A series of failed tests of a joint US-Israel anti-missile system raised new questions on Thursday about the US goal of providing an “umbrella” to defend its allies against an Iranian nuclear attack.
The technological setbacks also drew renewed attention to Israel’s concerns about a nuclear-armed Iran and the possibility that it might lean further in the direction of a go-it alone strike against the country’s atomic facilities.
US Secretary of State Hillary Clinton’s offer this week of a “defense umbrella” over its Gulf Arab allies to prevent Tehran from dominating the region “once they have a nuclear weapon” was widely seen in Israel as an acceptance of a nuclear-armed Iran. She later tried to dispel that view, but her comments sparked criticism by Israeli officials.
Israel considers Iran its most dangerous enemy because of its nuclear program, long-range missile development and repeated references by Iranian President Mahmoud Ahmadinejad to Israel’s destruction. Iran has insisted that its nuclear program is for peaceful purposes, but Israel and the US reject that.
Adding to the urgency was word on Wednesday from the head of the Russian nuclear agency that Iran’s new atomic power plant would be switched on later this year.
For a decade, Israel has been presenting its Arrow anti-missile system, developed and jointly funded with the US, as an answer to medium-range Iranian missiles that might carry nuclear warheads. Tested repeatedly, the Arrow system has often succeeded in intercepting dummy incoming missiles, to great fanfare.
However, just as Clinton worried Israelis by speaking of an umbrella over US allies threatened by Iran, word came of three test failures in the Arrow system over the past week. The latest was in California, where a test was aborted before the Arrow missile could be launched because of a communications failure, said Israeli defense officials, speaking on condition of anonymity because they were not authorized to disclose details of the tests.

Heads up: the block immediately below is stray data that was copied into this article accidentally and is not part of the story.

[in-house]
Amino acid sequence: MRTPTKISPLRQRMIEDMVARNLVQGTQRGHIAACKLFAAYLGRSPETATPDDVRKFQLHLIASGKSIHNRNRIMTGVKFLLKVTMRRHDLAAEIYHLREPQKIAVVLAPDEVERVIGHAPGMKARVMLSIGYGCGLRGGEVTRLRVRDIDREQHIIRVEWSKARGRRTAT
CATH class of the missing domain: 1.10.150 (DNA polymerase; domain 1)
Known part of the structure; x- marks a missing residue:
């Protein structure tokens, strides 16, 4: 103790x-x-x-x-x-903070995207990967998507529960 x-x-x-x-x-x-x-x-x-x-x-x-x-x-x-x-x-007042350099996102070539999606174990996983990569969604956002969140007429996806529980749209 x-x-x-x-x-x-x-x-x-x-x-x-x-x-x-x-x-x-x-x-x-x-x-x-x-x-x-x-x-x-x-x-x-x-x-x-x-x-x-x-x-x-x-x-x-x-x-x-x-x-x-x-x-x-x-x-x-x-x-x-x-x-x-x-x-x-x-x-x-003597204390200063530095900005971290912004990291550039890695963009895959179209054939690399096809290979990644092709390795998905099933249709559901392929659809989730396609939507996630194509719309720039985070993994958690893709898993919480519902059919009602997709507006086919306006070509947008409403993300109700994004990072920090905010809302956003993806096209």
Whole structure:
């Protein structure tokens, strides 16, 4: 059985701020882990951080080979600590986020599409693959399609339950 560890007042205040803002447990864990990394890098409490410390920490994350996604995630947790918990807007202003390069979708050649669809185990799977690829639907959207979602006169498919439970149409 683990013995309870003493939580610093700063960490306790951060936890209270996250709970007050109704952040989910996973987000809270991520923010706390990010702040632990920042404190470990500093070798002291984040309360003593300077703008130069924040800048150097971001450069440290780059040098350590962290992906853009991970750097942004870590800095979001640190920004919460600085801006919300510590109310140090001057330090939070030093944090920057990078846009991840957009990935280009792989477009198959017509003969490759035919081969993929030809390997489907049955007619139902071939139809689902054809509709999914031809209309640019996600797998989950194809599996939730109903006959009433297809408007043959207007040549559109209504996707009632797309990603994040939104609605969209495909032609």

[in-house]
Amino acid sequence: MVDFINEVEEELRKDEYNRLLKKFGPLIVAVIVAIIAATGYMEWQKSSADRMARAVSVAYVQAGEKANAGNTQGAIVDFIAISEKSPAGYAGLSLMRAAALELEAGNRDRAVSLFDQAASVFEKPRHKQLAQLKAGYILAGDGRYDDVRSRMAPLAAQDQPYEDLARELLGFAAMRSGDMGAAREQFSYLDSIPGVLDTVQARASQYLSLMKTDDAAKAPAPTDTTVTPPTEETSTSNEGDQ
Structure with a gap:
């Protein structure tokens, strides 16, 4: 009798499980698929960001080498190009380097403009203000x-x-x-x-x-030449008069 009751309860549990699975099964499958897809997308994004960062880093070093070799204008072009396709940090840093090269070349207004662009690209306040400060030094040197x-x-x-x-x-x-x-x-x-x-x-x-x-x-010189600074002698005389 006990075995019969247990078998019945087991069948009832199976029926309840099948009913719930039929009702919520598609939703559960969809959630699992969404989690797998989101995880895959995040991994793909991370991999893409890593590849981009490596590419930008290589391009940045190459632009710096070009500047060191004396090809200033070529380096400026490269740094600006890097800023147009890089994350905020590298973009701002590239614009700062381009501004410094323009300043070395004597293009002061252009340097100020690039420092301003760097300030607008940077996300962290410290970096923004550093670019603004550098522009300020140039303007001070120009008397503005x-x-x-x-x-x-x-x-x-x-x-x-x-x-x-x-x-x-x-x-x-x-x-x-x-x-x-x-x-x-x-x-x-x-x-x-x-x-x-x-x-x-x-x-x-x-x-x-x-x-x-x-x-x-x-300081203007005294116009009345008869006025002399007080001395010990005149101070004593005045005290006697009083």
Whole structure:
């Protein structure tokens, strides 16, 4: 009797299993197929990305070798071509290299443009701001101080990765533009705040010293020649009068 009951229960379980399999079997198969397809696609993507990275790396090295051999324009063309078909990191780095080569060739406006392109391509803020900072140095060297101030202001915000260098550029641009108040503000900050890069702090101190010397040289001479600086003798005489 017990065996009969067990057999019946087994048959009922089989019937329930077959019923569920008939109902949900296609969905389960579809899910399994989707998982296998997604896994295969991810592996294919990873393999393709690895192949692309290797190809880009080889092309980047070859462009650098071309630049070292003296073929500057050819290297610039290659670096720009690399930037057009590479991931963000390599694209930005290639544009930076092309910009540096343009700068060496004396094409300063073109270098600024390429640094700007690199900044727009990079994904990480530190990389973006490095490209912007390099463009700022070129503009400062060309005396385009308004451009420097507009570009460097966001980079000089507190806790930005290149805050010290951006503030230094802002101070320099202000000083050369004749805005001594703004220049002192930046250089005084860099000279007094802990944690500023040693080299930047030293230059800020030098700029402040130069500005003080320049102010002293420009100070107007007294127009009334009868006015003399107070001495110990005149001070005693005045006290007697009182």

Experts played down the importance of the failures.
“Arrow has had a pretty successful test program,” said John Pike, director of GlobalSecurity.org. “I wouldn’t be overly concerned about a problem like this.”
Uzi Rubin, former director of the Arrow project, agreed.
“It’s really not a very serious glitch in the system that would require going back to the drawing board,” Rubin said.
However, the failures underlined the complexity of the whole anti-missile concept, which has been compared to throwing a rock in the air and trying to hit it with another rock. Israeli media personalities wondered if any system could protect Israel if multiple rockets were fired together.
If Clinton’s “umbrella” offer, made in a television interview in Thailand, was meant to reassure nervous Israelis, it had the opposite effect.
Israeli Minister of Intelligence and Atomic Energy Dan Meridor was critical of Clinton’s implications.
He said it appeared “as if they have already come to terms with a nuclear Iran. I think that’s a mistake.”
He told Army Radio: “I think that at this time, it is correct not to deal with the assumption that Iran will obtain nuclear capability, but to prevent that from happening.”
Ever since US President Barack Obama took office with a pledge to explore diplomatic contacts with Iran, Israeli officials have voiced concerns that talks would give Iran more time to develop nuclear weapons. Israelis have also suspected that the Obama administration was planning for a future Middle East that included a nuclear-armed Iran — something Israel would consider a threat to its existence.